Life
    Culture

    Home Alone (1990), Image: Rex/Shutterstock

    The best family films to watch this Christmas

    23 December 2020

    Since everyone will be stuck at home with their nearest and dearest even more than usual this Christmas, here are a few suggestions for family films, from old favourites to new releases, that will hopefully keep the bickering at bay for an hour or two…

    Jingle Jangle: A Christmas Journey (Netflix)

    Netflix’s Christmas offering for 2020 is an all-singing, all-dancing affair about a down on his luck toymaker called Jeronicus Jangle (Forest Whitaker), who had his once lucrative business ruined when a young assistant stole all the plans for his inventions. With the bank breathing down his neck, he must come up with a show-stopping invention that will save his livelihood and, because this is a wholesome family movie, help him get back to his old self in the most redemptive way possible. Set in a kind of theme park Victorian fantasy world, with upbeat, if not particularly memorable, songs, that take their cue from Hamilton and The Greatest Showman, Jingle Jangle is a pleasant enough watch, although it’s unlikely to end up a Christmas classic.

    The Muppet Christmas Carol (Amazon Prime, Disney Plus)

    Because The Muppet Christmas Carol has become such a clichéd response to the question of what the best festive film of all time is, I considered going hipster and recommending the non-Christmassy Muppet Treasure Island instead. But I watched it and it’s really not great, so I’ve just had to follow the herd instead.

    There’s not much to say that hasn’t been said a million times about this film. It’s a superb adaptation thanks to the gags, puppetry and the complete sincerity Michael Cane brings to Scrooge. The songs are pretty good, too. The scene from ‘Christmas future’ in which Kermit and Miss Piggy, playing the Cratchits, mourn the death of Tiny Tim could be one of the finest sad moments in the history of cinema. When Kermit does his speech about life being about “meetings and partings”, it brings a tear to my eye every time, and I’m sure I’m not the only one.

    Raymond Briggs’ Father Christmas (Daily Motion)

    This year, our family tradition of taking the kids to see the excellent stage adaptation of Raymond Briggs’ Father Christmas at the Lyric, Hammersmith, has been kiboshed by the pandemic. So instead I’ll be showing my two young boys the cartoon adaptation from 1991, which takes its cue from both the original book and its sequel, Father Christmas Goes on Holiday. It brings Briggs’ wonderful illustrations to life and the grumpy charm of his Father Christmas shines through.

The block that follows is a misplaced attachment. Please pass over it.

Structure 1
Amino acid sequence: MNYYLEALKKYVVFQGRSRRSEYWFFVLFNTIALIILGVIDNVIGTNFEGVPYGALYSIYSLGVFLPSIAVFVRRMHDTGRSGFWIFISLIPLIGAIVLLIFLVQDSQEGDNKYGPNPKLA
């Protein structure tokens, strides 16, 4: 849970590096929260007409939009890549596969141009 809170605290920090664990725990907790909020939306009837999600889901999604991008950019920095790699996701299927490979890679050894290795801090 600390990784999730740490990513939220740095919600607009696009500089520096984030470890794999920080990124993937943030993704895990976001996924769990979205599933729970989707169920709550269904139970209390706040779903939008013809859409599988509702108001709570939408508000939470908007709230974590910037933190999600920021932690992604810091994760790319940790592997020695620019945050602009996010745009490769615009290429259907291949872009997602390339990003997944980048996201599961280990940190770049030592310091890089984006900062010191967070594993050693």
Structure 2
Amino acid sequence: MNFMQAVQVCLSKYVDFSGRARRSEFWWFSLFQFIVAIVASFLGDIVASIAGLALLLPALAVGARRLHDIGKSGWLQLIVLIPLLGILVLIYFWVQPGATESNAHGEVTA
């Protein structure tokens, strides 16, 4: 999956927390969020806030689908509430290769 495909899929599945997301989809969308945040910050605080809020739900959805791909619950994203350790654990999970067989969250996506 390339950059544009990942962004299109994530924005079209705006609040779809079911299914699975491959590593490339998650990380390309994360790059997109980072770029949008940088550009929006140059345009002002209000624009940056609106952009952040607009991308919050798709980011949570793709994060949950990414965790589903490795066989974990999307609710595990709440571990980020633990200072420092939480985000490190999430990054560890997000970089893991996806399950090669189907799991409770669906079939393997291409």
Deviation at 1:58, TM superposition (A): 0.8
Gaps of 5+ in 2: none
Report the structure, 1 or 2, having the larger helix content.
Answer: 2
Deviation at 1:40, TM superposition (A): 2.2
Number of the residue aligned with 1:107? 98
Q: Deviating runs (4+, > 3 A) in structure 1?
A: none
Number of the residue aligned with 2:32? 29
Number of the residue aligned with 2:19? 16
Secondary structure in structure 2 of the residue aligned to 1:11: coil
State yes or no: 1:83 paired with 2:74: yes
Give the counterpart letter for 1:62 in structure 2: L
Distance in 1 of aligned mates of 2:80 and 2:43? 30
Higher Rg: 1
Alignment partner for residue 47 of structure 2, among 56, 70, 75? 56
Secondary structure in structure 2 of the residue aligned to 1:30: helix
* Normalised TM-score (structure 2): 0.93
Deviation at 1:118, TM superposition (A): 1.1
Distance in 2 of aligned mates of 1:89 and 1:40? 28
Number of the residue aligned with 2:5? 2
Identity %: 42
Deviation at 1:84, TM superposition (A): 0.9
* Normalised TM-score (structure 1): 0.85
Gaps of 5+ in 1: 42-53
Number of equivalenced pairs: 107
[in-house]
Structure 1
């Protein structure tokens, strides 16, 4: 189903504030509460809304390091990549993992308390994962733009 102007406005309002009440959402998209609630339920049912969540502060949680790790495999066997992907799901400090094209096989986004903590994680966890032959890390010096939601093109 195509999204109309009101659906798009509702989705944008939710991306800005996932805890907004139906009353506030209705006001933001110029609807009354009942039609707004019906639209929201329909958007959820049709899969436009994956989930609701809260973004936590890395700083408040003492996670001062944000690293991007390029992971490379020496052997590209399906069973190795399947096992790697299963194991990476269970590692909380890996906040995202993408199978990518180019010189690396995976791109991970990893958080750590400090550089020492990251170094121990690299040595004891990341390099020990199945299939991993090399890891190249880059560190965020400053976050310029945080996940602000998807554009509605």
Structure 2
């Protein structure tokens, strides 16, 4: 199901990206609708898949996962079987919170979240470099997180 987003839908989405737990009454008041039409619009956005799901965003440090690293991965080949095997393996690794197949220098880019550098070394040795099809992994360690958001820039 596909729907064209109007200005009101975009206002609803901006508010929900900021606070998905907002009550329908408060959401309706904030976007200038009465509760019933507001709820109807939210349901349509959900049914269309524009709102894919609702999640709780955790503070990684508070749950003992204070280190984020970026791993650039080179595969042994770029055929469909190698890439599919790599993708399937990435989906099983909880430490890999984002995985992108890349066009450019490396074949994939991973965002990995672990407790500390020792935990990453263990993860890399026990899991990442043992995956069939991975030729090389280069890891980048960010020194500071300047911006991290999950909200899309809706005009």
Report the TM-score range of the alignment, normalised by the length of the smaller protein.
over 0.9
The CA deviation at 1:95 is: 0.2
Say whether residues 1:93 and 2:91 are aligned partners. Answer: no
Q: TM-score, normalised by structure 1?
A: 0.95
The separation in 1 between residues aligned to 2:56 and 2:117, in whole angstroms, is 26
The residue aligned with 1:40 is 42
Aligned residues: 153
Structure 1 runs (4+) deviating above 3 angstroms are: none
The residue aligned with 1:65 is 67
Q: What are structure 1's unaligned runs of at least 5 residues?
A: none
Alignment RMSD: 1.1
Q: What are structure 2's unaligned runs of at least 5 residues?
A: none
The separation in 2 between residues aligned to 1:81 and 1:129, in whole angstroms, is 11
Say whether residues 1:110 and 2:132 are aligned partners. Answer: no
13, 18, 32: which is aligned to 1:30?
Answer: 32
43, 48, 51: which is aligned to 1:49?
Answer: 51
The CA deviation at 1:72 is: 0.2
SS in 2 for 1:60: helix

Home Alone (Amazon Prime, Disney Plus)

    In researching this article, I made the mistake of showing Home Alone to my five year old, forgetting that the opening section, in which the extended McCallister clan gather before flying out to Paris for Christmas, is packed with kids and grown ups being hilariously rude to each other. Sample quote: “I wouldn’t let you sleep in my room, if you were growing on my ass!”

    With this in mind, perhaps avoid watching Home Alone with very young kids, but otherwise go for it. Even after all these years, Macaulay Culkin’s performance is still something to marvel at, and Joe Pesci and Daniel Stern are perfect as the hapless burglars who get more than they bargained for. Those who fell in love with Schitt’s Creek during our locked down year will enjoy being reminded that Catherine O’Hara plays Kevin’s mum in the movie.

    Spider-Man: Into the Spider-Verse (Netflix)

    If you after a non-festive film and have Marvel-mad young people in the house, then Into the Spider-Verse is a must watch. A Brooklyn teenager is bitten by a radioactive spider and soon finds himself not only in possession super powers, but also battling alongside various spidermen, spiderwomen and spider creatures who have popped up from parallel universes to foil a dastardly plot being carried out by crime lord Kingpin. Into the Spider-Verse is narratively complex, sharply written and visually dazzling, colliding a range of animation styles to stunning affect. Best of all, it’s that rare thing, a superhero flick that feels totally original.

    Arthur Christmas (Amazon Prime, Netflix)

    A very British family animation for Christmas from Wallace and Gromit creators Aardman Animations. If your family love those films, then you’ll probably get on pretty well with this one that tells the story of Father Christmas’s bumbling son, who sets out on a mission to rectify a delivery error and make sure a little girl gets her presents in time for Christmas morning. It’s action packed enough to keep the kids entertained, and, as with Wallace and Gromit, there are plenty of gags for grown ups to chuckle at. The voice cast includes Jim Broadbent, Hugh Laurie and Imelda Staunton.

    Onward (Disney Plus)

    In Pixar’s latest, two brothers, who live in a fantastical kingdom that has lost touch with its magical roots, happen upon an old spell that will bring their dead father back to life for 24 hours only. Of course, things don’t quite go to plan and they only succeed in conjuring up half of him – his bottom half – and the boys head off on a road trip to find a magic crystal that will help them resurrect the rest of their dad. Although it doesn’t quite hit the heights of Pixar’s greatest films such as Toy Story 2, Monsters Inc. and The Incredibles, it’s still engrossing, funny and packed with memorable characters, and the emotional pay off hits the spot.